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With no Britain Covey at the moment, Utah’s receivers have stepped up

Through five games, Utah has found success in the “throw game,” as Ute head coach Kyle Whittingham calls it

SHARE With no Britain Covey at the moment, Utah’s receivers have stepped up

Utah Utes wide receiver Bryan Thompson catches a pass and runs for a touchdown against the Idaho State Bengals during NCAA football in Salt Lake City on Saturday, Sept. 14, 2019.

Ravell Call, Deseret News

SALT LAKE CITY — As star wide receiver Britain Covey mulls over whether or not to take a redshirt year, Utah’s wide receivers have stepped up.

Through five games, Utah has found success in the “throw game,” as Ute head coach Kyle Whittingham calls it. Utah has racked up 1,184 passing yards so far and in its last game against Washington State, had more passing yards than the Cougars and their famed Air Raid attack.

Covey, usually Utah’s go-to receiver, was out against Washington State and has just 77 yards on the season, so the Utes have had to have others step up. Wide receiver Bryan Thompson has been impressed with Utah’s receiver depth so far. 

“To be honest, I feel like we’re a deep enough group to where it’s no fall-off to when he goes out. He’s very missed in our group, but I don’t think it’s a fall-off at all,” Thompson said.

Thompson has emerged as one of the stars of Utah’s receiver corps after playing in just four games last year. Thompson leads the team with 310 receiving yards, including an 82-yard score, and two touchdowns. 

“This year has been very exciting and a lot of fun just to be able to catch the ball and score touchdowns again, especially catching balls from a great quarterback. That’s always exciting,” Thompson said.

Samson Nacua has filled in at Covey’s position, turning in an impressive performance in the Washington State win. Nacua entered that game with just two receiving yards on the year, but finished the WSU game with 90 yards and a touchdown.

“I’ve always thought of my role as the guy that’s willing to do whatever it takes to help this team win. When Covey was here, including last year, I was able to block a lot and help Cov get what he needs to get and I was also able to make catches when I needed to,” Nacua said.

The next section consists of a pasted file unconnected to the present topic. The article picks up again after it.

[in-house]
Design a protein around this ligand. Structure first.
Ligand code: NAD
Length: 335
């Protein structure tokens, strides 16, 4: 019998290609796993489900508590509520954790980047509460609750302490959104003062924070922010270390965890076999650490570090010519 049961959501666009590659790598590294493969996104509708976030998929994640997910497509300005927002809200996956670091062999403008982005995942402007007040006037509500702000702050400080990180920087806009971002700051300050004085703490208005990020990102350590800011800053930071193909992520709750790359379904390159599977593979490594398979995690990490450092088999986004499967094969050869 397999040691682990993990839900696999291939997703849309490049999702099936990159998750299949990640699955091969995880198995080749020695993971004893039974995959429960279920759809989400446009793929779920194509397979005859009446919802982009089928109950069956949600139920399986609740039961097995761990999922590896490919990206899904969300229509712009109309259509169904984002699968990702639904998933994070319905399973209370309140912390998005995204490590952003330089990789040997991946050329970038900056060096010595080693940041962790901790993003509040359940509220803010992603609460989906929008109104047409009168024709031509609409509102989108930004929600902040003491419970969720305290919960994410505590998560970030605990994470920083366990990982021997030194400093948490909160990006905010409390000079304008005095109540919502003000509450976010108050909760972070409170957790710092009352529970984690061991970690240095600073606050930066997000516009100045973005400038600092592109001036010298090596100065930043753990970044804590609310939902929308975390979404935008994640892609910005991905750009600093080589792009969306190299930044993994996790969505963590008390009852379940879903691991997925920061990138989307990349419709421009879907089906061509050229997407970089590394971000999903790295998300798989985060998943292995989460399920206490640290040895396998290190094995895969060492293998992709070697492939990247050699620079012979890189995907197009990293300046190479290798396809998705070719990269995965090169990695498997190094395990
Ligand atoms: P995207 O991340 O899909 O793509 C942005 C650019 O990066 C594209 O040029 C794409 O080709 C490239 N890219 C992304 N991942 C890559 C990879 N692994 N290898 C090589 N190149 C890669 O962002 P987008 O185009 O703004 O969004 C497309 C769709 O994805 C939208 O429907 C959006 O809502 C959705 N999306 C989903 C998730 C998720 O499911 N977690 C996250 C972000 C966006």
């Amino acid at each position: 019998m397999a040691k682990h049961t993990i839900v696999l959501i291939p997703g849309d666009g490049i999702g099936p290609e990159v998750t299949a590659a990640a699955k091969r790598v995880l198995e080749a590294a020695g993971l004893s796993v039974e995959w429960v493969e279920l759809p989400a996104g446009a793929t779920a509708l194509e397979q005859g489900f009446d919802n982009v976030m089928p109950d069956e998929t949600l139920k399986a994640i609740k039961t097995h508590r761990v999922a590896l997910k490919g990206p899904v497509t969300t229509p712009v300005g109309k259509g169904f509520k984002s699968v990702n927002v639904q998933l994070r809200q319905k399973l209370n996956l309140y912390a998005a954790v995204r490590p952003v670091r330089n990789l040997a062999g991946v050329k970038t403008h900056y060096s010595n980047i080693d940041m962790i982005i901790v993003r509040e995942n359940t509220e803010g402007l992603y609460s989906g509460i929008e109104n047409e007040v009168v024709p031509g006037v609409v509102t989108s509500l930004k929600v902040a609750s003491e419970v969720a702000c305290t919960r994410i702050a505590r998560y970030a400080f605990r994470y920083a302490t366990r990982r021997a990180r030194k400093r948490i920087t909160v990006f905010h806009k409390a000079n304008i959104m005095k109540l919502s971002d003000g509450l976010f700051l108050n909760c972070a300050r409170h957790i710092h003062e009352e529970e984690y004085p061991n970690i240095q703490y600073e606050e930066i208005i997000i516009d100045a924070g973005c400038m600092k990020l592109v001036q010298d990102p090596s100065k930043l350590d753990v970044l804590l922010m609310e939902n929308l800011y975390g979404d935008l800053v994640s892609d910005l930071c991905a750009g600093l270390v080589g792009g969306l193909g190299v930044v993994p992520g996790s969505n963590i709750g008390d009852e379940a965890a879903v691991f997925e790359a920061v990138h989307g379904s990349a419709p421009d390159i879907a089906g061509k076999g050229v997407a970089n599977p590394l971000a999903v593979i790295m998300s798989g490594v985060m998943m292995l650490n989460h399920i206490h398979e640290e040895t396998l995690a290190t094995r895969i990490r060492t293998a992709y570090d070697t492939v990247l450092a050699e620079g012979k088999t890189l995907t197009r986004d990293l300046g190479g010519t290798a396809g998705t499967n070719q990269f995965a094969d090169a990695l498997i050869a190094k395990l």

“This year, same thing. Whatever they need me to do, I’m just going to be willing to do to help this team get where we need to get.”

Jaylen Dixon (154 yards on the year), Solomon Enis (92 yards), Demari Simpkins (91 yards) and Derrick Vickers (82 yards) have all contributed to the wide receiver corps this year.

“We have weapons every week that he can bring out,” Thompson said. “He (offensive coordinator Andy Ludwig) has a lot of tools in his arsenal, so we’re just getting started.”

Ludwig has been a big part of the passing resurgence at Utah, showing off his creativity while drawing up passing plays.

“What he does to set up everything is just unreal. Us receivers don’t really see it a lot, what he’s trying to do, but when the play comes and we make the play, then we see, ‘Oh crap, he set it up perfect by running that play earlier, that block play earlier helped me set up there,’” Nacua said. “It’s just crazy to see how good of an offensive coordinator he is.”

Dixon agrees.

“He knows so much about the game from so many years of just being around. He knows so many defenses and what they do and how to counter it,” Dixon said.

Another big reason for the success of the WR group is quarterback Tyler Huntley, who has proved to be one of the best quarterbacks in the Pac-12 and ranks No. 10 in the nation in ESPN’s quarterback rankings with a total quarterback rating of 83.5.

Huntley has been accurate so far in 2019, among the leaders in the nation in accuracy. Huntley has completed 74.6% of his passes, ranking sixth in the nation.

“For him to step up like this his senior year is just amazing to see. It’s great to be a part of it, to see his growth and his progression and his leadership skills keep growing,” Nacua said.

“It’s exciting to see how he’s grown from last year. He’s a great leader, he’s been mentoring everyone,” Enis added.

As Utah prepares to play Oregon State on Saturday, the receiver group will be a prominent part of Utah’s game plan.

“I think we need to keep doing what we’ve been doing. Keep preparing how we always prepare. Tough team, physical, just catch the ball,” Thompson said.


No. 15 Utah (4-1, 1-1) at Oregon State (2-3, 1-1)

Reser Stadium, Corvallis, Ore.

Saturday, 6 p.m. (MT)

TV: Pac-12 Networks

Radio: ESPN 700AM